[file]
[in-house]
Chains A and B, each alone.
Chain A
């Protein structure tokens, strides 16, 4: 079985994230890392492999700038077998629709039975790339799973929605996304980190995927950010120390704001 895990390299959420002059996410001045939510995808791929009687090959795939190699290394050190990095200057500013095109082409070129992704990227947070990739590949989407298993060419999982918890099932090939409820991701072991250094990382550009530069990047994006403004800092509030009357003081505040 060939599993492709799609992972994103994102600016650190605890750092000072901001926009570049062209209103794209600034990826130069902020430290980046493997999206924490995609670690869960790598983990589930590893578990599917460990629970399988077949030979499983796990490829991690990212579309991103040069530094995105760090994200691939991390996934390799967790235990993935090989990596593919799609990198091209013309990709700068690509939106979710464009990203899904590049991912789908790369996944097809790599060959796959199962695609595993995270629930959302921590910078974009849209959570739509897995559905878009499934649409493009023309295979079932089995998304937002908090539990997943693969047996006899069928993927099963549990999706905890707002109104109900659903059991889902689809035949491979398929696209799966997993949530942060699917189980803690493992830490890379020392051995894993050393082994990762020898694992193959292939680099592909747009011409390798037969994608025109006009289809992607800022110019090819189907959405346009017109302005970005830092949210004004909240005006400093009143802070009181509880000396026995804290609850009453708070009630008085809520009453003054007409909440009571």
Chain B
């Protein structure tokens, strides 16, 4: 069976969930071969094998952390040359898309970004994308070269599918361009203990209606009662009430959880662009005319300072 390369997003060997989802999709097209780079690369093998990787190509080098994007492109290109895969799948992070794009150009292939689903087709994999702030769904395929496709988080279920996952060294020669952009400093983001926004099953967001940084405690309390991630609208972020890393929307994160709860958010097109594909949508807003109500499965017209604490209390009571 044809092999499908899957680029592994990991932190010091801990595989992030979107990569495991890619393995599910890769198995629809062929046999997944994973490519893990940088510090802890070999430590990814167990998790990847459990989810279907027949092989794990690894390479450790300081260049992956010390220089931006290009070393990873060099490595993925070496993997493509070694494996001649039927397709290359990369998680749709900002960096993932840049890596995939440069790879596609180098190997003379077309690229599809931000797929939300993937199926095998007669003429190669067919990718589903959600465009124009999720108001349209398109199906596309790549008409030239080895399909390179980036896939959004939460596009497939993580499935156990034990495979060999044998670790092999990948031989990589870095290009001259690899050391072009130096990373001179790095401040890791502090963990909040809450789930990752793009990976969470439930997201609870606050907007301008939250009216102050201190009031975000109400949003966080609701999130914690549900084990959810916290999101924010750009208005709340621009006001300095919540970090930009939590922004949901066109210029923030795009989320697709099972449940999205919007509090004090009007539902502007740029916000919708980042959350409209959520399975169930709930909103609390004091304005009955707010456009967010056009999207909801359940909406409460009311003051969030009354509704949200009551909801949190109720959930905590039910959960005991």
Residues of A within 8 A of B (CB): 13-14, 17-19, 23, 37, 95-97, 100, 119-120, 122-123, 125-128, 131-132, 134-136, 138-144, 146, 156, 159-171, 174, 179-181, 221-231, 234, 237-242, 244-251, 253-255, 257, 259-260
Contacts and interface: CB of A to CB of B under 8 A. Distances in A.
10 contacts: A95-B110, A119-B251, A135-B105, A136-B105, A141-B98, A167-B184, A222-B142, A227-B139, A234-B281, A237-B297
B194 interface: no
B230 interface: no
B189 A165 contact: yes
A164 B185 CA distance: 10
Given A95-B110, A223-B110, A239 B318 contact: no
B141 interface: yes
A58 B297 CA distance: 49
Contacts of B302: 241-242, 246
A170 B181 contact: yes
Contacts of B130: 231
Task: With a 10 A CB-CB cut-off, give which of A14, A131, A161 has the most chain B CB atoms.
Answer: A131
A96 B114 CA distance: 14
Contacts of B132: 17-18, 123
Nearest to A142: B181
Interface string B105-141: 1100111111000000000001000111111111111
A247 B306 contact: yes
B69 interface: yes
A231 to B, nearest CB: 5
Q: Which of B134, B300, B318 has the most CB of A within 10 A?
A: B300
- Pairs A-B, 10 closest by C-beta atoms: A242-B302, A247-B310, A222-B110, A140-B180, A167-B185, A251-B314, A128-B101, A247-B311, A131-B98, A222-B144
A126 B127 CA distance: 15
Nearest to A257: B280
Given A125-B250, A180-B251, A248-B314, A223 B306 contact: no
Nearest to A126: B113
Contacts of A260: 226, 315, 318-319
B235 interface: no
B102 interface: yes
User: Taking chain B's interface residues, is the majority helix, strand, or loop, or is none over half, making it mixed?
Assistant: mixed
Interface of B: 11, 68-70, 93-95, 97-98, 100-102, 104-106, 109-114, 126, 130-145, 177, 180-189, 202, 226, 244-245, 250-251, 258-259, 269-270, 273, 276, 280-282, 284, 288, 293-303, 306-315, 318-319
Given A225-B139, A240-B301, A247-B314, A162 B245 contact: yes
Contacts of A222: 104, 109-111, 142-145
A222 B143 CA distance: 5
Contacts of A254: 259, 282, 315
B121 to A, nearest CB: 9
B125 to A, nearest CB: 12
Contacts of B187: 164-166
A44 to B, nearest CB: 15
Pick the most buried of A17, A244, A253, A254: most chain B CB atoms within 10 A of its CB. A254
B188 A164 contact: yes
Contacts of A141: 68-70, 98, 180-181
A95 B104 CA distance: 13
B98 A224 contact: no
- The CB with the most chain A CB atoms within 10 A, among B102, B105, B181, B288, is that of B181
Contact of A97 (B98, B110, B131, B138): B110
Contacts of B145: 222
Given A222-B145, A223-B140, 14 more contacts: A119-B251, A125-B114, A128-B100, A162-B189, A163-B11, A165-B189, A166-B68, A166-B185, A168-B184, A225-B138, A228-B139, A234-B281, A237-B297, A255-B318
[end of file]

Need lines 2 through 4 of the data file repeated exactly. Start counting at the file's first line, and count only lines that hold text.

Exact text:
Chains A and B, each alone.
Chain A
């Protein structure tokens, strides 16, 4: 079985994230890392492999700038077998629709039975790339799973929605996304980190995927950010120390704001 895990390299959420002059996410001045939510995808791929009687090959795939190699290394050190990095200057500013095109082409070129992704990227947070990739590949989407298993060419999982918890099932090939409820991701072991250094990382550009530069990047994006403004800092509030009357003081505040 060939599993492709799609992972994103994102600016650190605890750092000072901001926009570049062209209103794209600034990826130069902020430290980046493997999206924490995609670690869960790598983990589930590893578990599917460990629970399988077949030979499983796990490829991690990212579309991103040069530094995105760090994200691939991390996934390799967790235990993935090989990596593919799609990198091209013309990709700068690509939106979710464009990203899904590049991912789908790369996944097809790599060959796959199962695609595993995270629930959302921590910078974009849209959570739509897995559905878009499934649409493009023309295979079932089995998304937002908090539990997943693969047996006899069928993927099963549990999706905890707002109104109900659903059991889902689809035949491979398929696209799966997993949530942060699917189980803690493992830490890379020392051995894993050393082994990762020898694992193959292939680099592909747009011409390798037969994608025109006009289809992607800022110019090819189907959405346009017109302005970005830092949210004004909240005006400093009143802070009181509880000396026995804290609850009453708070009630008085809520009453003054007409909440009571």